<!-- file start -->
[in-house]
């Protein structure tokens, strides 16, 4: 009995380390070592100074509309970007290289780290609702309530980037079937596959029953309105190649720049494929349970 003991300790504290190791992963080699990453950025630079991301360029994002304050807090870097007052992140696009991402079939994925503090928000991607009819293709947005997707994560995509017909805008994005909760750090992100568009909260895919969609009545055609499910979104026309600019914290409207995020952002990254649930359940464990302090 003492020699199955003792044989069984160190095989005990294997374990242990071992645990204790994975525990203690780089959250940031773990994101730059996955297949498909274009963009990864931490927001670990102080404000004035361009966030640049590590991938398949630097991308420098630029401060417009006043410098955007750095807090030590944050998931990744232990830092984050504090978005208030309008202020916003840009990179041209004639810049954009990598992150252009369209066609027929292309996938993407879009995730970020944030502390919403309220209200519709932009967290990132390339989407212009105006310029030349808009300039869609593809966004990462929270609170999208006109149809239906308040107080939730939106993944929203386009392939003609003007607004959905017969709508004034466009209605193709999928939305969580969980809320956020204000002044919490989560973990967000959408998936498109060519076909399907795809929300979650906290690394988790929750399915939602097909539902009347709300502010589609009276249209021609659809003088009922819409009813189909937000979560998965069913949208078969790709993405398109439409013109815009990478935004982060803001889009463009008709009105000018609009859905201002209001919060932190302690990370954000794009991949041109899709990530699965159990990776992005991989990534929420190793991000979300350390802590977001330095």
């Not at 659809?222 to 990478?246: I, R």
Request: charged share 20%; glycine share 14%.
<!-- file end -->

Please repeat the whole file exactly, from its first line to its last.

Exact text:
[in-house]
């Protein structure tokens, strides 16, 4: 009995380390070592100074509309970007290289780290609702309530980037079937596959029953309105190649720049494929349970 003991300790504290190791992963080699990453950025630079991301360029994002304050807090870097007052992140696009991402079939994925503090928000991607009819293709947005997707994560995509017909805008994005909760750090992100568009909260895919969609009545055609499910979104026309600019914290409207995020952002990254649930359940464990302090 003492020699199955003792044989069984160190095989005990294997374990242990071992645990204790994975525990203690780089959250940031773990994101730059996955297949498909274009963009990864931490927001670990102080404000004035361009966030640049590590991938398949630097991308420098630029401060417009006043410098955007750095807090030590944050998931990744232990830092984050504090978005208030309008202020916003840009990179041209004639810049954009990598992150252009369209066609027929292309996938993407879009995730970020944030502390919403309220209200519709932009967290990132390339989407212009105006310029030349808009300039869609593809966004990462929270609170999208006109149809239906308040107080939730939106993944929203386009392939003609003007607004959905017969709508004034466009209605193709999928939305969580969980809320956020204000002044919490989560973990967000959408998936498109060519076909399907795809929300979650906290690394988790929750399915939602097909539902009347709300502010589609009276249209021609659809003088009922819409009813189909937000979560998965069913949208078969790709993405398109439409013109815009990478935004982060803001889009463009008709009105000018609009859905201002209001919060932190302690990370954000794009991949041109899709990530699965159990990776992005991989990534929420190793991000979300350390802590977001330095």
């Not at 659809?222 to 990478?246: I, R």
Request: charged share 20%; glycine share 14%.